A team of scientists aboard the International Space Station discover a rapidly evolving life form, that caused extinction on Mars, and now threatens the crew and all life on Earth.
Life was a film that limped into theatres, rather than one which kicked the door down and demanded we all take notice. Its faltering movements perhaps brought on by the baggage it carried. Take, for example, the strange rumor that began to circulate which suggested Life was a really a covert Marvel movie about everyone’s favourite symbiote, Venom.
Taking into account that Life is written by Rhett Reese and Paul Vernick of Deadpool fame, and stars Ryan Reynolds of Deadpool fame, you can see why some were quick to call this was comic book film. However, that wasn’t what crippled Life before it came out. If anything, that probably got a lot of people frothing at the mouth more than they should have. And whilst nothing hurts a film’s reception than disappointment, that wasn’t its main problem.
No, Life’s biggest issue was how much the trailers and other promotional material couldn’t not make Life look like Ridley Scott’s Alien. The trailers showed a smirking Ryan Reynolds and his crew floating around in space whilst being stalked by an intergalactic being and, it would be fair to say, we’d all thought we’d definitely seen this done before.
But how does Life actually fair once you finally see the film based upon the trailer for a fake Venom movie? Well, it’s not exactly Alien, but I’ll be hard pushed to believe that from pre-production to post someone, at least once, didn’t exclaim ‘Haaaaang on!’
So, plot: On board the International Space Station, a six-man crew discovers extraterrestrial life in a soil sample taken from Mars. It’s nothing much, just a dormant cell, but it’s more than enough to get everybody on board extremely excited. Once news reaches Earth of the discovery, the tiny ET is dubbed Calvin and the crew of the ISS set about seeing what secrets they unlock from the diminutive critter. Of course, by doing so, Calvin becomes just as curious about them as they are of it and soon he quickly establishes that they are threat. Evolving like an evil Pokémon, Calvin tries to find its way off the craft even if it means cutting through the humans that stand in its path.
If it sounds like I’ve made Calvin the hero of the film, then you’re absolutely right. You just really want to cheer it on when you compare it to its co-stars. Life, whilst high in technical brilliance and spectacular visuals, is rather low in engaging characters. There’s smug Rory Adams (Ryan Reynolds), the smug flight engineer; there’s the Russian Ekaterina (Olga Dihovichnaya), the Russian Mission Commander; the soon-to-be-a-father Sho (Hiroyuki Sanada), the systems engineer who is soon to be a father; the disabled Hugh (Ariyon Bakare) the disabled exobiologist; the quiet and lonely David (Jake Gyllenhaal), the quiet and lonely medical officer; and Miranda (Rebecca Ferguson), the Miranda of the crew. Individually they are one note affairs but together, oh together, they amass a rather impressive six note crew. Perhaps the only one of any true interest is Hugh, whose interest in Calvin is fueled by a desire to better his own situation.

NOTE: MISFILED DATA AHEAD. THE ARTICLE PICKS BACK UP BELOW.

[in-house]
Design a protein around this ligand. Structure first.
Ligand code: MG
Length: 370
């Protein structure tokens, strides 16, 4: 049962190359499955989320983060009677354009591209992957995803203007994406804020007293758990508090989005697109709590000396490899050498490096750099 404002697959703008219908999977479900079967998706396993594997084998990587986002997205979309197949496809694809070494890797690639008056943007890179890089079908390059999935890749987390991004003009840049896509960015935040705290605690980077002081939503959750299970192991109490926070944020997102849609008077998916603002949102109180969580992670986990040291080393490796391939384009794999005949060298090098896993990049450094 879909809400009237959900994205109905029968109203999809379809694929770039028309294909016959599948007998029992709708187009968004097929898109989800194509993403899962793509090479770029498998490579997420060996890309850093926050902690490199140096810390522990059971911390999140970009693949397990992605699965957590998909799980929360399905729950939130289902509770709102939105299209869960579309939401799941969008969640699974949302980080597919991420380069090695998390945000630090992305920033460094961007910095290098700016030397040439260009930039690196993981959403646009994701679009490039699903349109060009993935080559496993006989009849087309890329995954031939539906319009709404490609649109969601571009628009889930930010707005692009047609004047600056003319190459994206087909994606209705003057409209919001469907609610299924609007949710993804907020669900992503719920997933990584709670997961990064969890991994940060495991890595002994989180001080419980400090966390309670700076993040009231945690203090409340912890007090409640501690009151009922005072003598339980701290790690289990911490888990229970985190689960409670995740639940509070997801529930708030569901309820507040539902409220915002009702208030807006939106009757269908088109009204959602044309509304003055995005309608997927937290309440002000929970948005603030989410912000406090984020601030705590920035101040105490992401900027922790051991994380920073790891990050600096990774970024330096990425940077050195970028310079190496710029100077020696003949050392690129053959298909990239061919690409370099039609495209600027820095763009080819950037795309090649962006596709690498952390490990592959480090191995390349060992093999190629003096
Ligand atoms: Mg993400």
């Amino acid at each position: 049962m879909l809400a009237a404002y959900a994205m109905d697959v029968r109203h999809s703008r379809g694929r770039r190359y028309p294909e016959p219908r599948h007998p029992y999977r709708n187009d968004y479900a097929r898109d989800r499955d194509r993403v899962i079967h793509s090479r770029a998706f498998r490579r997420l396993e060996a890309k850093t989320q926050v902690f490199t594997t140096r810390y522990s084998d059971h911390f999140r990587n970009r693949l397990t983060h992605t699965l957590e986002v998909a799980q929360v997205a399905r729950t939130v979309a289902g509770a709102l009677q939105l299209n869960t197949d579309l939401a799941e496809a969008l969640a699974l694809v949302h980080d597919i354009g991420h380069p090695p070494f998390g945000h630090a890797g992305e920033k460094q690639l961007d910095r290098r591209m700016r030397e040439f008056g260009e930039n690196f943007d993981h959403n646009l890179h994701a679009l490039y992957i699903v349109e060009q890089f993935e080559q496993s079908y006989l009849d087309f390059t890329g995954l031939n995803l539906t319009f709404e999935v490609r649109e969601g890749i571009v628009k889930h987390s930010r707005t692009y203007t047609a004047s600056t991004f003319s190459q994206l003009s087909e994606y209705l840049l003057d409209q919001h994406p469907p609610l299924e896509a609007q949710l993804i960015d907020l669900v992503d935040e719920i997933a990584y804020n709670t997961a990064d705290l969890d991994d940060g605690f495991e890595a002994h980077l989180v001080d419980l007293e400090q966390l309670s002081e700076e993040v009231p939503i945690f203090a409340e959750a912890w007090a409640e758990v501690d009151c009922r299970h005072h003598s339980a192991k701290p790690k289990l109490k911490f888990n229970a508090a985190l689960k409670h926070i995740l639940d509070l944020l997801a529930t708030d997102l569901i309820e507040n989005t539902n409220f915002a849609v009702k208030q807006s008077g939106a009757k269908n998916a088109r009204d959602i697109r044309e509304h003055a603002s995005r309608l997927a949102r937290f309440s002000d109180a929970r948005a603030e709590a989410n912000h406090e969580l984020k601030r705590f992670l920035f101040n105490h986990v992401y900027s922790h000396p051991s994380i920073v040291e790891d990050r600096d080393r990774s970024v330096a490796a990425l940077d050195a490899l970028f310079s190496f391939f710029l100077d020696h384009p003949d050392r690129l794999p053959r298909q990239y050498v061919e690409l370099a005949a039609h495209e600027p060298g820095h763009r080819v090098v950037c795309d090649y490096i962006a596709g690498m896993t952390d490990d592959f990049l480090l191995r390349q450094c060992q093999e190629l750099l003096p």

Still, it’s not worth getting to invested in anyone as Calvin begins a deadly game of cat and mouse (Copyright 1921) that sees different members of the crew being asphyxiated and broken in a variety of grisly ways. And whilst director Daniel Espinosa (Safe House) takes the reigns of the tale with gusto, it all just splutters along and, unlike Calvin, fails to get under anyone’s skin.
Actually, that’s not completely true. Where Life gets some traction is in its finale, which the sees the film morph into a nihilistic episode of The Twilight Zone. In fact, if the rest of Life had been as genuinely nasty as its ending, it certainly would have added more meat to its rather anemic gravy.
Interesting to look at, if not exactly engage with, Life feels like a big budget Asylum mockbuster taking itself far too seriously.